// October 31st, 2012 // Uncategorized

No matter what you’ve heard, don’t believe the myth of the terrible twos. Every age has its difficulties—but those are far-outweighed by its joys. When (if) tantrums come, take him to his own quiet place {not too far from you…hearing your voice and activity is reassuring}. A living room chair or a corner you can see are good choices. {I once put my 10-year-old son in an obscure corner of the living room and forgot him for more than an hour! Poor kid never said a word…} On the way, use your normal, calm tone, “When you’re finished, you can come back.” It’s up to him how long he’s there. He’s not going to understand all of this yet, but soon he’ll figure out that tantrums separate him from the fun.
~ A good rule of thumb for time out is one minute per age of the child.~

    Have you started reading to her yet? She probably enjoys a few favorite books by now, even when she’s rushing ahead in the familiar story. I used to get exasperated with my first toddler. He asked questions, pushing at the pages forward and back as I droned the story to him. “Do you want to hear the story or not!?” Luckily, my dad was in the room one night during story time. 
     “That’s not how you read to a kid!” He grabbed the book from me. “Come here, Steve.” Dad proceeded to read the story, but his delivery had feeling! Our family’s experience of story time forever changed. My kids particularly loved the different characters’ voices. Sesame Street’s Grover was my favorite to mimic, especially in The Monster at the End of This Book.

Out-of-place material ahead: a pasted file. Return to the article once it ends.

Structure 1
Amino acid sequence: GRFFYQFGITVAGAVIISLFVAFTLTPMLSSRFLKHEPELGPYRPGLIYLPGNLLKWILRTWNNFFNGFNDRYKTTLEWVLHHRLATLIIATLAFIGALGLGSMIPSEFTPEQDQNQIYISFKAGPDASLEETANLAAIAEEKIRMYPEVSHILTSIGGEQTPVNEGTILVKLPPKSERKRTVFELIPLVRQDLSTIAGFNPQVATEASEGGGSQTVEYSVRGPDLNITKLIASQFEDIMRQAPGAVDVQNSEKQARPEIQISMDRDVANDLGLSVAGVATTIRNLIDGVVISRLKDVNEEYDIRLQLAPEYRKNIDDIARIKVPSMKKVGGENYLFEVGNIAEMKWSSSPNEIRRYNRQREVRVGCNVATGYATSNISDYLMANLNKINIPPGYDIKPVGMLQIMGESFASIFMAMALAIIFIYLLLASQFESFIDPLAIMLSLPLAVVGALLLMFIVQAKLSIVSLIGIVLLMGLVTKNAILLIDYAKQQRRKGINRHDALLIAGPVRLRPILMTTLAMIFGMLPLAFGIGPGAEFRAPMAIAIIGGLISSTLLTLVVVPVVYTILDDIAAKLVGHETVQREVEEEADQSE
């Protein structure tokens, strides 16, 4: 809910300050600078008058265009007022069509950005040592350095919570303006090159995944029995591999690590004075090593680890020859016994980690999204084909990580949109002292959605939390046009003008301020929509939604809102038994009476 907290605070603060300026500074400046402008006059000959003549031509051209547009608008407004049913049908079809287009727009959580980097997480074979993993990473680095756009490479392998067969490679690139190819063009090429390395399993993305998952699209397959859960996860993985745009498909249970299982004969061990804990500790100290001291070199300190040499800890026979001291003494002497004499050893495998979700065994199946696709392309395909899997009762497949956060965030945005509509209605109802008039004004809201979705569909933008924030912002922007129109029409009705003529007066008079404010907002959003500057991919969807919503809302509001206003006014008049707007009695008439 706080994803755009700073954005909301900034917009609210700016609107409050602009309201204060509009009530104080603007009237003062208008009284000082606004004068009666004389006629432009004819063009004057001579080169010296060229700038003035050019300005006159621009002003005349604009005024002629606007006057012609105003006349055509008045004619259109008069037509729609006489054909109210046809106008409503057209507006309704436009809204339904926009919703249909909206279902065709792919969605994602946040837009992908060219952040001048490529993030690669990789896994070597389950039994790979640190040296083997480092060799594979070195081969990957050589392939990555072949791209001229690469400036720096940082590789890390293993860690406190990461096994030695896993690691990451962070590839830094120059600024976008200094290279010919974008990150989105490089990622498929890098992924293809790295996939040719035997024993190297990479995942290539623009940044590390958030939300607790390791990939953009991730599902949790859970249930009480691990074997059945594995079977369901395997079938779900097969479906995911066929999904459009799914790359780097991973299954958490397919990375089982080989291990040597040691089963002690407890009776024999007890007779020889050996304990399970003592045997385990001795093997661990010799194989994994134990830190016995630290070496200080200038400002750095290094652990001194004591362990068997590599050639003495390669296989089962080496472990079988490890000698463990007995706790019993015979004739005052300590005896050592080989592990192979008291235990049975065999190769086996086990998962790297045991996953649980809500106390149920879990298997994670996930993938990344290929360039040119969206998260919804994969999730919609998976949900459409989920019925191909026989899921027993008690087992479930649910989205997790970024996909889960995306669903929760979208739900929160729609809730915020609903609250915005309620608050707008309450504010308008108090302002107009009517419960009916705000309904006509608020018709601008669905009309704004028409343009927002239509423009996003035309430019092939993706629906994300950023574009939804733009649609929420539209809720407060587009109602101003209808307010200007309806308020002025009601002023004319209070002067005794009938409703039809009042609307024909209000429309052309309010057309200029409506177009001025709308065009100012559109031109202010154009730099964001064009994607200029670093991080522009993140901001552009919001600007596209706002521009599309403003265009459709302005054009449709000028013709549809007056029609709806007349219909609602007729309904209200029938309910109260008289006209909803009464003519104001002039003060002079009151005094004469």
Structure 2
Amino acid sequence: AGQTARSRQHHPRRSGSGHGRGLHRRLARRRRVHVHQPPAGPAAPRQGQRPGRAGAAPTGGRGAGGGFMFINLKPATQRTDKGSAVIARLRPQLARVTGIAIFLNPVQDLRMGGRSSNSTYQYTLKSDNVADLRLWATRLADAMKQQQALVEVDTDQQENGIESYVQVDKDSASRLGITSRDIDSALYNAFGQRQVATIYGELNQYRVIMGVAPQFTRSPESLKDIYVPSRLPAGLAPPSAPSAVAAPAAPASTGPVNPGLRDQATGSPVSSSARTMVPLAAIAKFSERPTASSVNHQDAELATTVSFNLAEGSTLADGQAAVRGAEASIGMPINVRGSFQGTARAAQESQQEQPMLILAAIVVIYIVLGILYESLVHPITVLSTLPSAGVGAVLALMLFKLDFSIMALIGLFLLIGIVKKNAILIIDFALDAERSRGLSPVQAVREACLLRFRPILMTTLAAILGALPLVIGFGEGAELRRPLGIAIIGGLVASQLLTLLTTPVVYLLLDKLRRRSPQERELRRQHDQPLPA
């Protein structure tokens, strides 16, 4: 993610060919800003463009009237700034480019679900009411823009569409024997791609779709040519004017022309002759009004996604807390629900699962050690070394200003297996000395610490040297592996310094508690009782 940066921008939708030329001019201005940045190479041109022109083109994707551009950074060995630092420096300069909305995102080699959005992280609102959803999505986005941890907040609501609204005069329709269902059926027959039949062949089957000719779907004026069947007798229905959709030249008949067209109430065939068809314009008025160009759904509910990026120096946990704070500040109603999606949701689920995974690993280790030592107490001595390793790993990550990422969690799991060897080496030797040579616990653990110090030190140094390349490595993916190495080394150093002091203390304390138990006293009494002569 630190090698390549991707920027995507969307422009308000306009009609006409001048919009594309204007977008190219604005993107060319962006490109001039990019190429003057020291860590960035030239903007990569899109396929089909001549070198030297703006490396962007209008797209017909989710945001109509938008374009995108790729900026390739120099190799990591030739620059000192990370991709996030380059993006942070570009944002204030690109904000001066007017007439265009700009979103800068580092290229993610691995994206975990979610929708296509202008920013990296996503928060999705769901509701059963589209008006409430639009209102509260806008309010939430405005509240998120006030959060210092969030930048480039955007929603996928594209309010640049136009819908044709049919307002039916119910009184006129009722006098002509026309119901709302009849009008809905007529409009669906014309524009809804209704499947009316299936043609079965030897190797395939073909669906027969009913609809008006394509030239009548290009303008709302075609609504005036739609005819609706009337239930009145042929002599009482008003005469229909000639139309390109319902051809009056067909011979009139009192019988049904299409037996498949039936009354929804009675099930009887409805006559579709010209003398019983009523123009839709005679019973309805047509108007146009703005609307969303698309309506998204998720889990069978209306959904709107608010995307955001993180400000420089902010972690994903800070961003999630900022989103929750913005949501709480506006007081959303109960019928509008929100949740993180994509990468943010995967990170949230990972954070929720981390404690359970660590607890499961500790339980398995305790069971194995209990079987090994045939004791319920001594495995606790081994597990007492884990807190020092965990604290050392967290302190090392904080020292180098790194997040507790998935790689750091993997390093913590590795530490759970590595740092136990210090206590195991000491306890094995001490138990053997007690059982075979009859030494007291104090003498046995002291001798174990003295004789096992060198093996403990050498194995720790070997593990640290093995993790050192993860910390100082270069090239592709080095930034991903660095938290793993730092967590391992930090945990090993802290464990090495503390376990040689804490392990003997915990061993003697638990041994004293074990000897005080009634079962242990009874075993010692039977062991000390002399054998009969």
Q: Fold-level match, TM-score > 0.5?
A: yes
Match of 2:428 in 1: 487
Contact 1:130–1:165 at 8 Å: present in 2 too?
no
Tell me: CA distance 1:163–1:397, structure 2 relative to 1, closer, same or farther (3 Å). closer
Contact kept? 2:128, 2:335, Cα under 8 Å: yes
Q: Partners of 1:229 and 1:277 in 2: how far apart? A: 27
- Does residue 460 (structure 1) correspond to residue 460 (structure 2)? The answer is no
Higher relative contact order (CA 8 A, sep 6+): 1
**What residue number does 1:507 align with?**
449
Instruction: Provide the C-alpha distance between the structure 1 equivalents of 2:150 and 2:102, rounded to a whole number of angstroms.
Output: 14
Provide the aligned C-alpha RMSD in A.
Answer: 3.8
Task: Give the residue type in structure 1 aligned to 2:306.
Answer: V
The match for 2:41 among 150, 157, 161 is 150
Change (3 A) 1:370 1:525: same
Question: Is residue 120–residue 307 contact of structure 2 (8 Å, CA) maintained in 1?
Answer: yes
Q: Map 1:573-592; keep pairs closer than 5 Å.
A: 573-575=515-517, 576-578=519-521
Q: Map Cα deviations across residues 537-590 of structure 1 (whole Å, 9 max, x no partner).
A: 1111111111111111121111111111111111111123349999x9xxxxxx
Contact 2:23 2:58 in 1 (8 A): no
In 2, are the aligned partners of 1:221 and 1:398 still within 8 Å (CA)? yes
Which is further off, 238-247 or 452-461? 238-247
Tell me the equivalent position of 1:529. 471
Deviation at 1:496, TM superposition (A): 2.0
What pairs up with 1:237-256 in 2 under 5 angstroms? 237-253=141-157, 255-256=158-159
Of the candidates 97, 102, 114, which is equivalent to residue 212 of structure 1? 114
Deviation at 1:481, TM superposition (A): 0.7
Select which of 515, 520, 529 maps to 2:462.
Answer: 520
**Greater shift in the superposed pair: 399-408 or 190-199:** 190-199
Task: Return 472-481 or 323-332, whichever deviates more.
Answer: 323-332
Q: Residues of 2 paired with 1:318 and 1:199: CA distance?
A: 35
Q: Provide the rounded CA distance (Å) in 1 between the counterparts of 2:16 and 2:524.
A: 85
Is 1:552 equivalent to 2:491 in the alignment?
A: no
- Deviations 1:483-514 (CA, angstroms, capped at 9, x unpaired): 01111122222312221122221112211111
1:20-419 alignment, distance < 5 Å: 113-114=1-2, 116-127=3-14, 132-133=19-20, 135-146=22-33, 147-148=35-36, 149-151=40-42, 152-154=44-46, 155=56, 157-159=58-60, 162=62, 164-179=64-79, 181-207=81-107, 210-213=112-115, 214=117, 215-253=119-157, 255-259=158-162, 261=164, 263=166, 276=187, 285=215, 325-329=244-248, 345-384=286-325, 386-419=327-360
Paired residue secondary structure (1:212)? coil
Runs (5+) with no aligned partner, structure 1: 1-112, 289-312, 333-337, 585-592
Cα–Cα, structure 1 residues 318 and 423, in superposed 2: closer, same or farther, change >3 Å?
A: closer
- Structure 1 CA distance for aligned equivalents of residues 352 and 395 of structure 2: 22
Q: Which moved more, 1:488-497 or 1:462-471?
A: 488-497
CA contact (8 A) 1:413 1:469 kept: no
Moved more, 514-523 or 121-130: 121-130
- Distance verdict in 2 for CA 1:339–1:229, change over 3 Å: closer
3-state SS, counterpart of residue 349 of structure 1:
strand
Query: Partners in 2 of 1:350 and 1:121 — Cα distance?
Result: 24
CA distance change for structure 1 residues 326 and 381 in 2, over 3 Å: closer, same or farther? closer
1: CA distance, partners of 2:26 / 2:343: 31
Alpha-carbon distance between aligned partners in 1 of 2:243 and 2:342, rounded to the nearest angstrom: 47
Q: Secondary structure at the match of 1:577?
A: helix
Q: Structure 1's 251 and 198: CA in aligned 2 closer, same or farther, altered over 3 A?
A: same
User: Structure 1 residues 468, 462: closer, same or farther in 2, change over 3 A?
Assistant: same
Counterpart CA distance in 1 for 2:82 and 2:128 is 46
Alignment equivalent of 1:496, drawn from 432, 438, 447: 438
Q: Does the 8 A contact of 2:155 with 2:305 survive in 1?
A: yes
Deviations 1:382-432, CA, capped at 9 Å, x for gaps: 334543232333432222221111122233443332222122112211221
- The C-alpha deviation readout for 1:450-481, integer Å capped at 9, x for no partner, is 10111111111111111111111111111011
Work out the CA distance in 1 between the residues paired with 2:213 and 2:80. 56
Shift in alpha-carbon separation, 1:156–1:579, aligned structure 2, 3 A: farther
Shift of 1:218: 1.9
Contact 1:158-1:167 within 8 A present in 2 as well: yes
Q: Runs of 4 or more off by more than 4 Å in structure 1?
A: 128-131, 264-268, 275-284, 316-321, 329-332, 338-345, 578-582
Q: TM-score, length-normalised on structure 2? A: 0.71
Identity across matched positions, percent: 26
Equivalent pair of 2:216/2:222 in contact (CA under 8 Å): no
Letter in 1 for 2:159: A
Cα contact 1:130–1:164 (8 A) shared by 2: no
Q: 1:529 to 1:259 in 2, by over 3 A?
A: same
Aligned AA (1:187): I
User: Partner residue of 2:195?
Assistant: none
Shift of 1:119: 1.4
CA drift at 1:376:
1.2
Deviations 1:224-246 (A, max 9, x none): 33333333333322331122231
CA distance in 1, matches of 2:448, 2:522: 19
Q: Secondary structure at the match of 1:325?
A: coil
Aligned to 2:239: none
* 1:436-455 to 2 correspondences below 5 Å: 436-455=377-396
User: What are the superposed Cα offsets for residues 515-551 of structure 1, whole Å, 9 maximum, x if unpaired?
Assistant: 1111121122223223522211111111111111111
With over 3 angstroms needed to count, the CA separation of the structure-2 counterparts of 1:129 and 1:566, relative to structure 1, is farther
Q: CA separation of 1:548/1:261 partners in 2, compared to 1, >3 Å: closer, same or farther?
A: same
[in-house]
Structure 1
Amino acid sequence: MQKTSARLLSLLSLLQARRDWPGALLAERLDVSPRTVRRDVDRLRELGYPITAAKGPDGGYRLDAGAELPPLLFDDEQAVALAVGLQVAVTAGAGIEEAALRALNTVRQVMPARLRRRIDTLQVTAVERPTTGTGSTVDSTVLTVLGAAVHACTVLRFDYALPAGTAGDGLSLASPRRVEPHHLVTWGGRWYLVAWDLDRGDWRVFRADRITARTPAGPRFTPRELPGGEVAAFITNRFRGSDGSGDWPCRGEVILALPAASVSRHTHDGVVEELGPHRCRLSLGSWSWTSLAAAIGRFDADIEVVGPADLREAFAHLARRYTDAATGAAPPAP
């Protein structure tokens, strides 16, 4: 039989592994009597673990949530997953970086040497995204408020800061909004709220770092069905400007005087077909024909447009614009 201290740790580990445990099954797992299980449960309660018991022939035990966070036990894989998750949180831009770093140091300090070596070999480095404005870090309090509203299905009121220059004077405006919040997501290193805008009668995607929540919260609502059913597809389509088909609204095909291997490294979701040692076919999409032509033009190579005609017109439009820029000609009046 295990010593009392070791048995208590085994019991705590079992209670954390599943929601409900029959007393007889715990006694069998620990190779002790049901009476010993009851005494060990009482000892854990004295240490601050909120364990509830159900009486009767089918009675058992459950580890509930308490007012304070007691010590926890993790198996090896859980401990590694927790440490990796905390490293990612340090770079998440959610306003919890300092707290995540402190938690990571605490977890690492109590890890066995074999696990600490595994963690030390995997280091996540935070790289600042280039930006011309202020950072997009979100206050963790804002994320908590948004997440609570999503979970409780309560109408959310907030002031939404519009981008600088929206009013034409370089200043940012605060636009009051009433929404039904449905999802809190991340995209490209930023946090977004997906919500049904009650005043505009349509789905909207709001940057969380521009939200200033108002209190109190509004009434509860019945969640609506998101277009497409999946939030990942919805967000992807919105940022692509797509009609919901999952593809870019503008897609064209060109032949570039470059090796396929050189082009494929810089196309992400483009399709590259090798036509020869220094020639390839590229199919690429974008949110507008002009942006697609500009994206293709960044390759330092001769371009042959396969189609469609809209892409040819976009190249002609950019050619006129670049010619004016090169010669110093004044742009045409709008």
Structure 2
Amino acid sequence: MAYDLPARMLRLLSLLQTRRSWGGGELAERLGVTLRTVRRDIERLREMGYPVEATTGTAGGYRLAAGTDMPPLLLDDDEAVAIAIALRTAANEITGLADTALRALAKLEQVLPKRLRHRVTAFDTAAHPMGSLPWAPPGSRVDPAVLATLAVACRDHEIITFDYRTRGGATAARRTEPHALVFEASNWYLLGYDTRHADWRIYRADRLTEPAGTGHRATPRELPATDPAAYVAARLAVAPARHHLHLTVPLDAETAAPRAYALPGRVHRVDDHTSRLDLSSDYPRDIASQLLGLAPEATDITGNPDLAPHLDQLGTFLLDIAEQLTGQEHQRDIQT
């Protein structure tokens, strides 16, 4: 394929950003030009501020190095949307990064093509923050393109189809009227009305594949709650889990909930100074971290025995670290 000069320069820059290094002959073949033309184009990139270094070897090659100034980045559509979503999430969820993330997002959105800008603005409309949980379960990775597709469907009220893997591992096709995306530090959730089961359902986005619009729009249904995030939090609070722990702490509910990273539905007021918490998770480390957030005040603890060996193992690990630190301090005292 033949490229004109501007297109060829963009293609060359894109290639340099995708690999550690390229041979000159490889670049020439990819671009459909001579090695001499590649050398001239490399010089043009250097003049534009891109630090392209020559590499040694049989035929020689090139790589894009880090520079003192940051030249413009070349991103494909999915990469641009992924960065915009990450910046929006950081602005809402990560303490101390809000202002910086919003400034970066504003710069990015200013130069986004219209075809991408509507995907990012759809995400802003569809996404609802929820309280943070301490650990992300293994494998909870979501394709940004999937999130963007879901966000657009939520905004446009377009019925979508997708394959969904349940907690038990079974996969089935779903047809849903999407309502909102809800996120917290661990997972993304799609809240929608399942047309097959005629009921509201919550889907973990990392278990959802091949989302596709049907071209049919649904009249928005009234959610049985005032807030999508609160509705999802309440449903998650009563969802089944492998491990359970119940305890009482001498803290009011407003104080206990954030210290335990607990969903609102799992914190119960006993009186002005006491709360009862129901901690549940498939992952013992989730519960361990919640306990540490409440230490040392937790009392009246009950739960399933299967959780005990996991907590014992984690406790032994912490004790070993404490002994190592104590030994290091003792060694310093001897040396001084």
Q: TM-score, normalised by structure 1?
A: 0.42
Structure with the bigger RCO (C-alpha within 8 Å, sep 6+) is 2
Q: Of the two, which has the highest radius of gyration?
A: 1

Pull a step stool into the kitchen. Toddlers love to help cook {even though it’s extra work and not much help at all. But it beats plopping him in front of the TV and wondering if he’s staying there}. At first, you’ll have to make up jobs for them, like stirring a little bowl of flour you won’t really use. When they really do start helping me with the prep, we take turns. He mixes the dry ingredients together, and then I have a turn. The whisk passes back and forth until the job’s finished. None of them have ever figured out that they aren’t doing a real job. We’re just sharing. And the whole time we’re talking—about the food, the day, whatever comes to mind.
     Five-year-old Owen has been our sous chef so long, he reminds me to wash my hands and hang clean towels on our shoulders. Cooking is always more fun when I have my little helpers!

Jax with his own lump of dough while we make bisuuits.

Yes we baked his, and they were delicious!

Next ~ Preschoolers!


2 Responses to “Toddlers”

  1. Amy Ketchum says:

    Thanks for the added tip on ‘made up languages’ by our kids. I have started asking Jax what his new word means and it has been so much more fun and stress free!!!!

  2. Debbie Haas says:

    Thanks, Amy. That’s one that seems to run in the family!

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